Presentation on theme: "Introduction Manduca sexta is a common species of moth whose range stretches from the northern United States to Argentina. Because of their wide dispersal,"— Presentation transcript:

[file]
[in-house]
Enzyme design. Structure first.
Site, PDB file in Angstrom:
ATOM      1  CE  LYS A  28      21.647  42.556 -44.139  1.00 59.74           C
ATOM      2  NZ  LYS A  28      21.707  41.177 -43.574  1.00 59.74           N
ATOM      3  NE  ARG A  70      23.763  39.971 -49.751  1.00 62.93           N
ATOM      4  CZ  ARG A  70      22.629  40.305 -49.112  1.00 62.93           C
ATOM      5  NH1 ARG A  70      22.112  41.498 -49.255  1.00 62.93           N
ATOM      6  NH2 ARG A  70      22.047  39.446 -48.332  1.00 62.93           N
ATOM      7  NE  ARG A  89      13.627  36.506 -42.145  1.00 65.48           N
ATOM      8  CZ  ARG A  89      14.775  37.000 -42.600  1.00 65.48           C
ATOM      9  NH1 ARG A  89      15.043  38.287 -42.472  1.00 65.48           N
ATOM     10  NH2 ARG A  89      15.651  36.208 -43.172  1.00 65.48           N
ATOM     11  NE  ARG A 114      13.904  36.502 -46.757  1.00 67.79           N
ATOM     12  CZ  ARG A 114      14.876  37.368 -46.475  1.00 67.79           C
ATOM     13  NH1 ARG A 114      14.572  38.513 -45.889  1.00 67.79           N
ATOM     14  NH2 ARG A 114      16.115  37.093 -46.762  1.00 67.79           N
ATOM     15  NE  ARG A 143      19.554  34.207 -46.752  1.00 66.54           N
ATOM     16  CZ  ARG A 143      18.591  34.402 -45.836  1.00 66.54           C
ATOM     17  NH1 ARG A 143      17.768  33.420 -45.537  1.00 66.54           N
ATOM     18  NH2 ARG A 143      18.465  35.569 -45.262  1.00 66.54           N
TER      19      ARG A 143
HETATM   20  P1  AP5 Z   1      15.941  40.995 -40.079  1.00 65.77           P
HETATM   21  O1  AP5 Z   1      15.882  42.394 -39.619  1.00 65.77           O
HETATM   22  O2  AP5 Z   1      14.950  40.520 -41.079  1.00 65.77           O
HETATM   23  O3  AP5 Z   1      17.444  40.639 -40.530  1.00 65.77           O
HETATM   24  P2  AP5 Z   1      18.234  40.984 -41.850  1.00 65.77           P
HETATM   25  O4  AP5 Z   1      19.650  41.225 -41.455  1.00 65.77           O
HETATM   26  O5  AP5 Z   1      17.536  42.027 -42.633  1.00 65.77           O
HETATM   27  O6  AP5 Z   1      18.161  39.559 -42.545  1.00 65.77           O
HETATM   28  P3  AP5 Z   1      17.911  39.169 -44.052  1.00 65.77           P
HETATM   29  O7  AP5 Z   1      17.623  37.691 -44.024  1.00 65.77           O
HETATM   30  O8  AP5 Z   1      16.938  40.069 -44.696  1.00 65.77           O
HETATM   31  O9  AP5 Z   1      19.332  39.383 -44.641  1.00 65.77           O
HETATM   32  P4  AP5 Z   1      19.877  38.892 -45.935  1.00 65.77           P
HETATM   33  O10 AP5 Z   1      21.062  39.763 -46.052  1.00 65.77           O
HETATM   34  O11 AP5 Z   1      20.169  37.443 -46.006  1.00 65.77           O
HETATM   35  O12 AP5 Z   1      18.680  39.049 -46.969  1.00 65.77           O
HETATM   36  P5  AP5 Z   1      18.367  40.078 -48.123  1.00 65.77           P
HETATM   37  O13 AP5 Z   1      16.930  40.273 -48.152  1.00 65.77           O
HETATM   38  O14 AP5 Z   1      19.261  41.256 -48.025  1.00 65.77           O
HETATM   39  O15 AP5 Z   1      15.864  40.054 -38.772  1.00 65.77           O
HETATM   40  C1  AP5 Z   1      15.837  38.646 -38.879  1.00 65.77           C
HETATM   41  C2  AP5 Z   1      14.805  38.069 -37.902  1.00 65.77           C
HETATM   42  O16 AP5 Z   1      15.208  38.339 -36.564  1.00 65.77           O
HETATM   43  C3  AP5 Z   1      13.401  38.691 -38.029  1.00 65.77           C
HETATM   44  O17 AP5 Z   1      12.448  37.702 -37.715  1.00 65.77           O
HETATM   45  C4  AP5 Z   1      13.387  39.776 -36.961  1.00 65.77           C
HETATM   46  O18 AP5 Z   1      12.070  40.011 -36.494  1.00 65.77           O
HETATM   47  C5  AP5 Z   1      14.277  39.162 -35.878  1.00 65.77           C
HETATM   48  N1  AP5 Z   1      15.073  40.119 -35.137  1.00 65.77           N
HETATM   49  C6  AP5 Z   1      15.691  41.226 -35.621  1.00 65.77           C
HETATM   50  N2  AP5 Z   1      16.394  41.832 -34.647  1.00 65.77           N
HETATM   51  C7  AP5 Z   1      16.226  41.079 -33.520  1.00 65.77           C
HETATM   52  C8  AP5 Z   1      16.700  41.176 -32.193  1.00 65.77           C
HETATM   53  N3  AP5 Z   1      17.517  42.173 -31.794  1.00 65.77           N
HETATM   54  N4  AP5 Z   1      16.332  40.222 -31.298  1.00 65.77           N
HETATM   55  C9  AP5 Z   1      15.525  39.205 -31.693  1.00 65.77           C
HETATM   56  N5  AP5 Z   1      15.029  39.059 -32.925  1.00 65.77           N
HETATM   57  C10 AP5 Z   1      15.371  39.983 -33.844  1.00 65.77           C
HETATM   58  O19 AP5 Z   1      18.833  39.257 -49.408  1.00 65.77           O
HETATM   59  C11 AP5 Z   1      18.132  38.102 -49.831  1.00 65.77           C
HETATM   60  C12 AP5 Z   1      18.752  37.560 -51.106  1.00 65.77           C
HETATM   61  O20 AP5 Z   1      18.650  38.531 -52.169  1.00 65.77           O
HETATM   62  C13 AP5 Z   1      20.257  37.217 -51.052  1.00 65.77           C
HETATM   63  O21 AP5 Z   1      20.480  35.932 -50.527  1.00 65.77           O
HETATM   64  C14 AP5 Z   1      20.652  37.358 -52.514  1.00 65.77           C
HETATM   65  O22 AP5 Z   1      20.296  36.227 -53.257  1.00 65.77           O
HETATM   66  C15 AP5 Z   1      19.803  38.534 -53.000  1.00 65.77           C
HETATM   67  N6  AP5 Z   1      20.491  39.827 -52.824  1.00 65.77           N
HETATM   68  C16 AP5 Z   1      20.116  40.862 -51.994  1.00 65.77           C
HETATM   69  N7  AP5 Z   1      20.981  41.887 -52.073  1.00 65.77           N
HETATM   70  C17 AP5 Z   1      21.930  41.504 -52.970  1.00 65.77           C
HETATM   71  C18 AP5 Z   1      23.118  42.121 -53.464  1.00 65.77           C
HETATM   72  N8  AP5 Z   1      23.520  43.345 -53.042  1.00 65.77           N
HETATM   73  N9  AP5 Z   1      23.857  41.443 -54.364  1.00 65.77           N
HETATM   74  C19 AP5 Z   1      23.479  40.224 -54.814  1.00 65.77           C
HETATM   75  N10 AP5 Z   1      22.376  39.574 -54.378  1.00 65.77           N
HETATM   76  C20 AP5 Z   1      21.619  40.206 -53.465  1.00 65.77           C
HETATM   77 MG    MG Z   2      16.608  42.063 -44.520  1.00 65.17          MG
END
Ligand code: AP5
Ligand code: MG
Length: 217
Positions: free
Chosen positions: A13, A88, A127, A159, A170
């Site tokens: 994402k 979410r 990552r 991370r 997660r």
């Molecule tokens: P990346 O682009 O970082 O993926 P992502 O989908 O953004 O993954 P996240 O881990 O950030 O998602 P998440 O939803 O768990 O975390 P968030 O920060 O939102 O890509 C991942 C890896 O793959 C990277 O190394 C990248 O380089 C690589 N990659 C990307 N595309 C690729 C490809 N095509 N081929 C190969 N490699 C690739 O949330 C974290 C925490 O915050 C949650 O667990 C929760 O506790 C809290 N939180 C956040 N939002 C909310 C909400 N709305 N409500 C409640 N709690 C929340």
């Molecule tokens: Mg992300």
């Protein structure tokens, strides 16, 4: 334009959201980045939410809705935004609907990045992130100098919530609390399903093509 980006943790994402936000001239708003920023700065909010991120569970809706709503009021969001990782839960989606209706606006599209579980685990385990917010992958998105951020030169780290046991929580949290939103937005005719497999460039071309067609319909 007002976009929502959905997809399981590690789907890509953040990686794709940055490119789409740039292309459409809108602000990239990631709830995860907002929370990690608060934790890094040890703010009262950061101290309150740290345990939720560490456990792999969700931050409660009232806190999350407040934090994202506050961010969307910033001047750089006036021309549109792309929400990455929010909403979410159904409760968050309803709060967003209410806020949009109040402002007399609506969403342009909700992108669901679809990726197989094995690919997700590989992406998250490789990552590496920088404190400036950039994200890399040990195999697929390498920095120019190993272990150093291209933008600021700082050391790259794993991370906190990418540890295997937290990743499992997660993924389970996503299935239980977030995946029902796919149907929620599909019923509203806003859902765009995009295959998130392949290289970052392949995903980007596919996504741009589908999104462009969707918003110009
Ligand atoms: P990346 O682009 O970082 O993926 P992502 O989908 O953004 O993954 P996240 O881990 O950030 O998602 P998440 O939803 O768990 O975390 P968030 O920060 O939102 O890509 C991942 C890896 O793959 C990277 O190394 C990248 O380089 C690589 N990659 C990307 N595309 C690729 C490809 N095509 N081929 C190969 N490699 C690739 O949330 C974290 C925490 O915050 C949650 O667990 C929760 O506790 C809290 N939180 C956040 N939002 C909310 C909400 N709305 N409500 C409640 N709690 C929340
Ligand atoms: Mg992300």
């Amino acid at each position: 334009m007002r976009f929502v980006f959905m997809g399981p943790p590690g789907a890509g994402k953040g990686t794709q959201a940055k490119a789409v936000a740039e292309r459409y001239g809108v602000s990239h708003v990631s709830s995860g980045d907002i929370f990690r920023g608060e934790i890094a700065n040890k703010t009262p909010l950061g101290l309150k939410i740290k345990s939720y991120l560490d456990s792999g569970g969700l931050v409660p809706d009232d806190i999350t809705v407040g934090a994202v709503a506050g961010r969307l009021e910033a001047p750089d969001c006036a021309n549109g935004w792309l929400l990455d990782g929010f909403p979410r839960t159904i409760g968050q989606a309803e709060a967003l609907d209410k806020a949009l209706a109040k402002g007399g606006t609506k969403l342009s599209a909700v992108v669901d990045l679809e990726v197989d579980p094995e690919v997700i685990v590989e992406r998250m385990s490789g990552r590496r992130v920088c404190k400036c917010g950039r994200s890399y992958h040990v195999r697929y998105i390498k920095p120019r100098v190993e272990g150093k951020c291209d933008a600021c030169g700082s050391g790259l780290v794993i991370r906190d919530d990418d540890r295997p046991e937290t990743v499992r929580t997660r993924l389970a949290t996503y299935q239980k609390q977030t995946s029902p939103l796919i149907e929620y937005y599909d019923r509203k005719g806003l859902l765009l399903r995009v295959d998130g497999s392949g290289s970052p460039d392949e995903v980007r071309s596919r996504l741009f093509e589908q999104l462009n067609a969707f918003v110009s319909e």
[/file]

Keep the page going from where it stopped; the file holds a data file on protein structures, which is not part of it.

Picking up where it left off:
Introduction Manduca sexta is a common species of moth whose range stretches from the northern United States to Argentina. Because of their wide dispersal, M. Sexta, in both their adult and larval form, are exposed to a wide range of temperatures and climatic conditions during their generational period from May to October. M. Sexta is a poikilothermic organism, an organism whose body temperature changes with environmental temperature, and an ectothermic organism, an organisms whose body heat is absorbed from the environment. As such, it is to be expected that the ambient temperature of the M. Sexta ’s environment will have a significant effect on their metabolic activity and growth rate. Indeed, studies have shown that temperature has had a rather significant effect on the growth rate of M. Sexta larva with higher temperatures corresponding to greater growth rates (Kingsolver and Woods 1997). Cold temperatures were found to prolong the growth, or instar, periods in M. sexta and thereby decrease the relative consumption rates and growth rates (Stamp and Horwath 1992). In these studies, however, the temperature has been kept constant within temperature groups. The present study set out to investigate the effect on the growth rate of M. Sexta larvae when they were exposed to a precipitous loss of temperature such as might occur during an evening frost in the northern part of their range. This might indicate whether an ectothermic and poikilothermic organism’s reaction to cold temperatures is of a longer duration than the initial exposure to that temperature. Figure 2. This graph shows the relationship between the growth rate of the larvae for each group and period and the highest temperature that the larva were exposed to for that period. CC designates the cold control group, CF the cold frost, WC the warm control and WF the warm frost with a and b referring to the after and before frost periods respectively. Growth rate for each group is an average of the growth rate for the seven larvae in the group. Error bars represent the standard error of the means. Materials and Methods · Twenty-eight first-instar Manduca Sexta were gathered and evenly divided into four groups: warm control, warm frost, cold control and cold frost. · Each caterpillar was individually weighed and placed in its own plastic cup with a small cube of artificial diet. · The two cold groups and the two warm groups were placed into separate temperature chambers (Figure 1) wherein all conditions other than temperature were kept constant, including lighting which was kept at a constant 14-hour day and 10-hour night. · Both temperature chambers were initially set at 15 C. The temperatures of the chambers were increased periodically to simulate seasonal warming with the warm chamber temperature increased at a faster rate than that of the cold chamber · The M. Sexta continued to be measured every other day. · After 10 days in the chambers, the warm frost and the cold frost groups were placed in a different temperature chamber set at 10 C for 8 hours in order to simulate a frost while the two control groups remained in the original chambers. · After the frost, the experimental groups were returned to their original chambers. The experiment then continued as before the frost for 7 days. · The average growth rate for each larva and each group was calculated for the periods before and after the frost. A one-way ANOVA test was then performed to determine which factors of the experiment significantly affected the growth rate of the larva. Figure 3. Graph of the relationship between the average growth rate of the larvae for each group after the frost and the temperature change that the larva were exposed to for that period. Error bars represent the standard error of the means. Figure 1. Manduca sexta growth chamber Depression of Growth Rate in Manduca sexta Larvae Exposed to Frost Results The highest temperature that the larvae were exposed to was found to have a significant effect on growth rate (one-way ANOVA: F=3.815, d.f.=3, p<0.05). This is especially apparent in the groups after the frost with the greatest growth rate corresponding to the groups that reach the highest temperature (Figure 2). Although not significant, there was an appreciable difference between the groups that were frosted and their respective control groups (one-way ANOVA: F=0.451, d.f.=1, p<0.1). The temperature change also had a significant effect on growth rate (one-way ANOVA: F=3.390, d.f.=4, p<0.05). The frost groups experienced the greatest temperature change after they were removed from the frost and had a lesser growth rate than the control groups which did not experience a large temperature change (Figure 3). Poster author names would go here Literature Cited Kingsolver, J. G., and H. A. Woods. 1997. Thermal sensitivity of growth and feeding in Manduca sexta caterpillars. Physiological Zoology 70:631-638. Levesque, K. R., M. Fortin, and Y. Mauffette. 2002. Temperature and food quality effects on growth, consumption and post-ingestive utilization efficiencies of the forest tent caterpillar Malacosoma disstria (Lepidoptera : Lasiocampidae). Bulletin of Entomological Research 92:127-136. Renault, D., C. Salin, G. Vannier, and P. Vernon. 2002. Survival at low temperatures in insects: What is the ecological significance of the supercooling point? Cryoletters 23:217-228. Stamp, N. E., and K. L. Horwath. 1992. Interactive Effects of Temperature and Concentration of the Flavonol Rutin on Growth, Molt and Food Utilization of Manduca- Sexta Caterpillars. Entomologia Experimentalis Et Applicata 64:135-150. Woods, H. A., W. Makino, J. B. Cotner, S. E. Hobbie, J. F. Harrison, K. Acharya, and J. J. Elser. 2003. Temperature and the chemical composition of poikilothermic organisms. Functional Ecology 17:237-245. Figure 4. Representative caterpillars from each group at the end of the experiment Discussion In our experiment, we found that there were significant relationships between the growth rate of the larvae and the highest temperature that the larvae were exposed to. The larvae had the highest growth rate when their environment was at the highest temperature. In addition, there was a noticeable difference, though not statistically significant, between the larval growth rate in the cold groups and the warm groups: the warm groups had a higher growth rate than the cold groups. Although our experiment did not significantly demonstrate that the cold groups of larvae grew slower than the warm group, the fact that the biggest growth rates occurred at the highest temperatures illustrates some effect of temperature on growth rate (Figure 4). In other studies done on worms and caterpillars, scientists have proven that they grow slower under cold temperatures and faster under warm temperatures (Woods et al. 2003). This can be true even to such an extent that the instar periods will elongate or shorten respectively which would correspond with our results (Levesque et al. 2002). The other significant relationship we found was one between the larval growth rate and amount of change in the temperature of the larva’s environment. The growth rates of the larvae exposed to the frost were significantly lower than the growth rates of their control groups for the remainder of the experiment. These results suggest that the larvae that were exposed to the largest temperature change were still reacting to the cold temperature, in which they have slower growth rates, even after they were brought back to a warmer temperature. The diminished growth rates lasted longer than the actual period of frost exposure suggesting that ectothermic organisms have prolonged reactions to extremely low temperatures even when only exposed for a short while. The detrimental effects of a large temperature change on larvae is consistent with studies where it was demonstrated that such conditions can slow growth because the organisms studied exhausted their energy reserves (Renault et al. 2002). Technical difficulties with the temperature chambers probably impacted our data. The actual temperature inside the chambers varied greatly to the point where the chambers were at some times the same temperature, when they were supposed to be significantly colder or warmer from each other. This might have been one cause for the fact that there was no significant difference between the growth rates of the warm and cold larvae in the control or in the frost groups.